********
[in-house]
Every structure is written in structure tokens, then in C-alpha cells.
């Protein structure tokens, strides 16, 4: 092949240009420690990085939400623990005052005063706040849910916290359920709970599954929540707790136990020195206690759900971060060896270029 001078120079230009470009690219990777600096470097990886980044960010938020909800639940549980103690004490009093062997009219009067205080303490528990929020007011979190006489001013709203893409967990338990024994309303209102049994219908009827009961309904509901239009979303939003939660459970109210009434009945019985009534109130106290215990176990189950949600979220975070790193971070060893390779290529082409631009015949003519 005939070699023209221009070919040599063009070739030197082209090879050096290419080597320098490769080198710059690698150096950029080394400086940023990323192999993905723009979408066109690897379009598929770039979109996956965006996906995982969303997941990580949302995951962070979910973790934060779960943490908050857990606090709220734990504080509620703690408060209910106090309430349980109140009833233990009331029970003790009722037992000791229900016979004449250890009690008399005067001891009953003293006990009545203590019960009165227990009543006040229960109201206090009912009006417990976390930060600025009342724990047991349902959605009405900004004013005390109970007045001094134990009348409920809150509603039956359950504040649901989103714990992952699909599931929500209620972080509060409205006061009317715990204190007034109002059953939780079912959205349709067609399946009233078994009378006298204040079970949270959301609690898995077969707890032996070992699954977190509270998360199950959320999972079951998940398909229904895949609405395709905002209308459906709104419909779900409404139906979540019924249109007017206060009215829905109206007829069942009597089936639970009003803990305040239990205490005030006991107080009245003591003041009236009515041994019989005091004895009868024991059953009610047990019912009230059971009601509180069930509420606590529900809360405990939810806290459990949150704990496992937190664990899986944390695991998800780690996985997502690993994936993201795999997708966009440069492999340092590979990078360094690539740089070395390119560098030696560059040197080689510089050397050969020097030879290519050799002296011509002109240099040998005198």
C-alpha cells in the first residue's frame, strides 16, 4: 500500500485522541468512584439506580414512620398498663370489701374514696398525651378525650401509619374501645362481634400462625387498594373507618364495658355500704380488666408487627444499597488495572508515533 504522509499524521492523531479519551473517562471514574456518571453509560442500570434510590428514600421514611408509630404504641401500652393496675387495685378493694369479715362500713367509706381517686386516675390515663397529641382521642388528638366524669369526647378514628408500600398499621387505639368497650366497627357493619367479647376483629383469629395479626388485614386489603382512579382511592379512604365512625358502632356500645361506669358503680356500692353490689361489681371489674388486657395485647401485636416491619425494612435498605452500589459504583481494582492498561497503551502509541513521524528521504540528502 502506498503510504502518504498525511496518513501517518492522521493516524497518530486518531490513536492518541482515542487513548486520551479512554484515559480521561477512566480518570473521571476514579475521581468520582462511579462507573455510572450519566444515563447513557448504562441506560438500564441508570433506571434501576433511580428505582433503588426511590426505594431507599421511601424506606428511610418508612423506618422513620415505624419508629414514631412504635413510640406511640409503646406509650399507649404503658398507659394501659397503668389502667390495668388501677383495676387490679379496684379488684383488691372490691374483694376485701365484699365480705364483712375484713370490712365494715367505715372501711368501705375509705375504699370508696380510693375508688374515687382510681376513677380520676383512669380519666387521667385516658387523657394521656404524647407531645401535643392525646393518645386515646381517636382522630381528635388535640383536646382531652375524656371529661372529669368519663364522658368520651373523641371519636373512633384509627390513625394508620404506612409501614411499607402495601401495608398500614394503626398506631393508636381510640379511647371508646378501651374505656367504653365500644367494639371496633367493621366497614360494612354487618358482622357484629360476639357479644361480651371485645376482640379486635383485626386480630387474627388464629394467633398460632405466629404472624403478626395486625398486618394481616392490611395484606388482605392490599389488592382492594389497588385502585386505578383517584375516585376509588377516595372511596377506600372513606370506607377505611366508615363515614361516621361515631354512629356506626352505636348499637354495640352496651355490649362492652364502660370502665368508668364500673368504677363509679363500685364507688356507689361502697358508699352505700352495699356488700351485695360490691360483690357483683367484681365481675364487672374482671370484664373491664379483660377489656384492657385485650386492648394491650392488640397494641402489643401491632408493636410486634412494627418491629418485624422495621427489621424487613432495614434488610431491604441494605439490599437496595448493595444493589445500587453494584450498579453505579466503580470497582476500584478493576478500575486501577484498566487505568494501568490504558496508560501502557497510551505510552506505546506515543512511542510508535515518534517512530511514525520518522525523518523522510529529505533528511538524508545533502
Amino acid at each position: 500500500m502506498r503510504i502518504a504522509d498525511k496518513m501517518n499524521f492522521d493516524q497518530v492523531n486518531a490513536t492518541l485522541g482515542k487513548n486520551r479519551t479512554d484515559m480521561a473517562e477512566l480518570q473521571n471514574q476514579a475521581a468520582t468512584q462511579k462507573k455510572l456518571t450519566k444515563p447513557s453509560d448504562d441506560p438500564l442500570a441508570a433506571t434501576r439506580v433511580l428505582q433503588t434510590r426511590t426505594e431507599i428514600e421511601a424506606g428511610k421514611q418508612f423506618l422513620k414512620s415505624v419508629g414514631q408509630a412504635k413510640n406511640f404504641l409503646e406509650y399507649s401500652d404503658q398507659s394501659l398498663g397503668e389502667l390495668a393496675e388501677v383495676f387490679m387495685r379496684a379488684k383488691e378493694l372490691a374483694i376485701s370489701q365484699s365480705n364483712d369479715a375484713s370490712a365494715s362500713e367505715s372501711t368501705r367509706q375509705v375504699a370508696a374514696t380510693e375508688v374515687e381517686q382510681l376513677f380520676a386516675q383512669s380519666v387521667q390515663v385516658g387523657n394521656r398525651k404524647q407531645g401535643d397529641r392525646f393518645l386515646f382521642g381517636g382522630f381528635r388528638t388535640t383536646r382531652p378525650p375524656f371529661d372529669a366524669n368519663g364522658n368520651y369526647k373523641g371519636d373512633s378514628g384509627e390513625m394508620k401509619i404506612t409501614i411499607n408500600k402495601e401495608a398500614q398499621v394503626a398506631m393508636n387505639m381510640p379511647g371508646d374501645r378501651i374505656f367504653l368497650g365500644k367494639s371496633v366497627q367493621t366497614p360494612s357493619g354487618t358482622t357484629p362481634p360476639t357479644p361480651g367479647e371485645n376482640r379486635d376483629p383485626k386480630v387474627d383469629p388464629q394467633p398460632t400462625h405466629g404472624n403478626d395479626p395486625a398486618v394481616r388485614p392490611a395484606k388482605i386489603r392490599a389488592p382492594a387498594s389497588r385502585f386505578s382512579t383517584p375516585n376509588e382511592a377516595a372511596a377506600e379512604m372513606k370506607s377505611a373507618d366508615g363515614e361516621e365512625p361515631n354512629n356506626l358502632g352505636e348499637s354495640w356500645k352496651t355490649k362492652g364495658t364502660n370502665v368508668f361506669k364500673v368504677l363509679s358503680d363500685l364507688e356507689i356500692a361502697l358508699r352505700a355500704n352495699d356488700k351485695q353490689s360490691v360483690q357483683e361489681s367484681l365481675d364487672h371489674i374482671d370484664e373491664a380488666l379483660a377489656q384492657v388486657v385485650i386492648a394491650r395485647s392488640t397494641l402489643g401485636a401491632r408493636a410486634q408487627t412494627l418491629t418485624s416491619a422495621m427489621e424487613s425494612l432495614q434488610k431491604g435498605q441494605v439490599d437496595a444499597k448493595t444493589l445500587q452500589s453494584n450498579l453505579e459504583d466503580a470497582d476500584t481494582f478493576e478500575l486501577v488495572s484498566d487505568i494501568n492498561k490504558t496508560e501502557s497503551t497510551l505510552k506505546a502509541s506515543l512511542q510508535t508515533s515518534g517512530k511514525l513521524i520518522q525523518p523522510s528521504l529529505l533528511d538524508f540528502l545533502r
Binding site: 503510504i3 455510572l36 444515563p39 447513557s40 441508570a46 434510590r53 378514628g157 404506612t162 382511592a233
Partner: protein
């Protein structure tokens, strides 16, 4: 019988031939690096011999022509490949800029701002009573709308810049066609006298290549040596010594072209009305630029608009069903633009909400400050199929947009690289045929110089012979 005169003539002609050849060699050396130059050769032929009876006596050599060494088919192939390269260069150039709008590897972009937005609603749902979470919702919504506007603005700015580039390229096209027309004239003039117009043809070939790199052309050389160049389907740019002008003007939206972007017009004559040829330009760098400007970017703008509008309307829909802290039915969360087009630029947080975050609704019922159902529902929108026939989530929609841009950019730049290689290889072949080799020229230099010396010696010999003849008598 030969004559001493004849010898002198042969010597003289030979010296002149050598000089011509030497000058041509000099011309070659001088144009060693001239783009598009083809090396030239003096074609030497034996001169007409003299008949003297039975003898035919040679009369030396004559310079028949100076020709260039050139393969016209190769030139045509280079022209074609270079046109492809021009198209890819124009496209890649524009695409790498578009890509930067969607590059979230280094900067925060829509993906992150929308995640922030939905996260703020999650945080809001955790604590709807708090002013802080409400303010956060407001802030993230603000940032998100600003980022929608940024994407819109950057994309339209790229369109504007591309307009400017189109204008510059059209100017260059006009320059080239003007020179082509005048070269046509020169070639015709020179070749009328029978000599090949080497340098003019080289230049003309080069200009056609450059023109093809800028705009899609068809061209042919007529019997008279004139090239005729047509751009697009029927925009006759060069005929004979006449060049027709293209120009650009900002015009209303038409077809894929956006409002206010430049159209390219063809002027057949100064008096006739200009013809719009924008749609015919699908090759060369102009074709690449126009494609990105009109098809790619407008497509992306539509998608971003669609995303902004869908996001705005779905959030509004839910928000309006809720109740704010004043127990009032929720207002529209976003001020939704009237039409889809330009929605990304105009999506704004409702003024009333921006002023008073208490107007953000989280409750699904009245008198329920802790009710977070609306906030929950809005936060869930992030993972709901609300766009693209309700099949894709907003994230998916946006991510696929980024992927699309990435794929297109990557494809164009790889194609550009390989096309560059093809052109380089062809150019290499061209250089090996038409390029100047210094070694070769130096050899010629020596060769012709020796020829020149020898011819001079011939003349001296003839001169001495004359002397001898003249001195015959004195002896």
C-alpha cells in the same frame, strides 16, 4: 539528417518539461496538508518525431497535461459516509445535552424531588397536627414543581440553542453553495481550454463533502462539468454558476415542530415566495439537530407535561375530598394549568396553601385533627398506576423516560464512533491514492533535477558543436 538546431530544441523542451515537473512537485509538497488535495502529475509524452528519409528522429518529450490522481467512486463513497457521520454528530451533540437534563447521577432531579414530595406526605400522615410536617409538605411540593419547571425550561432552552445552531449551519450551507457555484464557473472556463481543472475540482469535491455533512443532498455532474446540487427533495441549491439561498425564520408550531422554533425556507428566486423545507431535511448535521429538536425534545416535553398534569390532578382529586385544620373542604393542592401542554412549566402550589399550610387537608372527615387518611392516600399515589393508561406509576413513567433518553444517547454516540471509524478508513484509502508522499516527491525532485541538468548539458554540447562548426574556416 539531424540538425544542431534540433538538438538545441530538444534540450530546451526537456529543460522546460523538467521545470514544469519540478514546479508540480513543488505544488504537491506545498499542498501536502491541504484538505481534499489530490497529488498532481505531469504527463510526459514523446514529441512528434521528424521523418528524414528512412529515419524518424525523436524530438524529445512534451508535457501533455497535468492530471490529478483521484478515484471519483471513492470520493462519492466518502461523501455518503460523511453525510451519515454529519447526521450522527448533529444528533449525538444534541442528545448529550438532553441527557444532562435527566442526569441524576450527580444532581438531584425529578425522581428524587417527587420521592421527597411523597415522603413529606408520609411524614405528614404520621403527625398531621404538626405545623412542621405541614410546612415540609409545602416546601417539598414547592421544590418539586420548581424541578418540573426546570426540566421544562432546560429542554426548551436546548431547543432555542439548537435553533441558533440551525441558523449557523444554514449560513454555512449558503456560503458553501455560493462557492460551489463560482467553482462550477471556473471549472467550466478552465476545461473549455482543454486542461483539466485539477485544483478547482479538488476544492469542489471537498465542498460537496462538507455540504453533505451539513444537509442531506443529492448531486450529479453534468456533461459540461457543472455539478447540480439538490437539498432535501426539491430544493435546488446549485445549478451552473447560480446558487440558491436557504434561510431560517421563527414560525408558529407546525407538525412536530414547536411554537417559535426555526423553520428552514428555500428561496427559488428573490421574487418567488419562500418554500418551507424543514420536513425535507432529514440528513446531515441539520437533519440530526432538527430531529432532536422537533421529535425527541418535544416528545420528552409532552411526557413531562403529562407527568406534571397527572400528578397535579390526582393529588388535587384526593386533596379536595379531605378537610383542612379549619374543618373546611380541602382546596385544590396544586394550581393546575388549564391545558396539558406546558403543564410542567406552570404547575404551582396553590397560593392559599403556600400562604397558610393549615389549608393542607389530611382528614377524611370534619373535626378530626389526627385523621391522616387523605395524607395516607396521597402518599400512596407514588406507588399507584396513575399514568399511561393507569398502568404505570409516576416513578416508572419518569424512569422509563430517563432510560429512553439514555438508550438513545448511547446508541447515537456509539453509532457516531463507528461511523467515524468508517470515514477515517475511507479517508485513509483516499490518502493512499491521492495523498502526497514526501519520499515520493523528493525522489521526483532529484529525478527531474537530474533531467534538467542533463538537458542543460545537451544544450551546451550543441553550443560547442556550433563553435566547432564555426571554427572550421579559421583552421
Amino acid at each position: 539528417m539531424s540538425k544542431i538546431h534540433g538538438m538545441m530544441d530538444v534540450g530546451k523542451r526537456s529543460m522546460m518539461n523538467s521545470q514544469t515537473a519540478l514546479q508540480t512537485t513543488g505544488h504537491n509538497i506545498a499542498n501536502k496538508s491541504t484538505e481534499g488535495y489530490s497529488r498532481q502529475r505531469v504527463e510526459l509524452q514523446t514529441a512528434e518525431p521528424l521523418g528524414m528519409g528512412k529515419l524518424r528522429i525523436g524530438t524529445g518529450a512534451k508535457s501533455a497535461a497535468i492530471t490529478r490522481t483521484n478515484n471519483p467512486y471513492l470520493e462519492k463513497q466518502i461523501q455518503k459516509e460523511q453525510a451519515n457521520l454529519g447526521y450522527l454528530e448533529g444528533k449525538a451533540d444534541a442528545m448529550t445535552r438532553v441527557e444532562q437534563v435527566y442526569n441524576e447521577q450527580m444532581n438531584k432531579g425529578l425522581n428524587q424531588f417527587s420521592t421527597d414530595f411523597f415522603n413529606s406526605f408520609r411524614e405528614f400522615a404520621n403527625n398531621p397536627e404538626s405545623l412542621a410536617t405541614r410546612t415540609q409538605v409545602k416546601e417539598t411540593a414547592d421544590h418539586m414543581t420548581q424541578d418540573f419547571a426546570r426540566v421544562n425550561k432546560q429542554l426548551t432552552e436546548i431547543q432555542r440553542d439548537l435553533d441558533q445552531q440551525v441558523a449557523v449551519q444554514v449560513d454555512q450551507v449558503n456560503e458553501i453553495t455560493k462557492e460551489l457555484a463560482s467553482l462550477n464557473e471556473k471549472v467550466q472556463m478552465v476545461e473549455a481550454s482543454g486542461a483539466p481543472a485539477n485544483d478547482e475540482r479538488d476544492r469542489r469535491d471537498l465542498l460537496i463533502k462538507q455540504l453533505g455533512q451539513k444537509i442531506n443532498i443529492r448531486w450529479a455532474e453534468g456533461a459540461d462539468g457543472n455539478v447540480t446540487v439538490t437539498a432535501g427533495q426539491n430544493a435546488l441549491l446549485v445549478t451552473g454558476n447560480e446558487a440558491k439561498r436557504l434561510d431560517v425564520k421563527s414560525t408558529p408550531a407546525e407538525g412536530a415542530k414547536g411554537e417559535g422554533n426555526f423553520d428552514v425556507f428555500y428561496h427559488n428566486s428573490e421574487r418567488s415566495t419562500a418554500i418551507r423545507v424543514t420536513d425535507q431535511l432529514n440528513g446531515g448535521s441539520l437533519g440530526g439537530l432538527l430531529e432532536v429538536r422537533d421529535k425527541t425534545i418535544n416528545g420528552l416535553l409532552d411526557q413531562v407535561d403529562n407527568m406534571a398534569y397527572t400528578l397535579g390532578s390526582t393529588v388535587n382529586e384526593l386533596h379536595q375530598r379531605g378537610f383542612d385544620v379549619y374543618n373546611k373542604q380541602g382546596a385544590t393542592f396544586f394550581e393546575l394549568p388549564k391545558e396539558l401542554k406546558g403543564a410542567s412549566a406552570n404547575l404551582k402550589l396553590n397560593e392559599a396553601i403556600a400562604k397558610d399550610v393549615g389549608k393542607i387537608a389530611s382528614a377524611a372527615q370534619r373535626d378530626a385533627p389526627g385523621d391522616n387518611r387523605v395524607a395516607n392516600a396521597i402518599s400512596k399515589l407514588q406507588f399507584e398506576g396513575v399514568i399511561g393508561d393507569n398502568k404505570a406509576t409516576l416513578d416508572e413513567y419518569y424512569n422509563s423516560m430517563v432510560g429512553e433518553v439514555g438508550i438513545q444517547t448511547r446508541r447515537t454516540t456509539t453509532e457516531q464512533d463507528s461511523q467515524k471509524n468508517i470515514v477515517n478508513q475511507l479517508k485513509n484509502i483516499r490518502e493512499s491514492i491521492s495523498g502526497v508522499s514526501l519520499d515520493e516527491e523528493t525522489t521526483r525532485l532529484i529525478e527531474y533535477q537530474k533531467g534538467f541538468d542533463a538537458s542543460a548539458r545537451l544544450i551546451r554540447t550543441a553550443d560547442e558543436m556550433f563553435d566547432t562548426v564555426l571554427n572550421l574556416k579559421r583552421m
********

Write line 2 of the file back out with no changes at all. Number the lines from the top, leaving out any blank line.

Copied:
Every structure is written in structure tokens, then in C-alpha cells.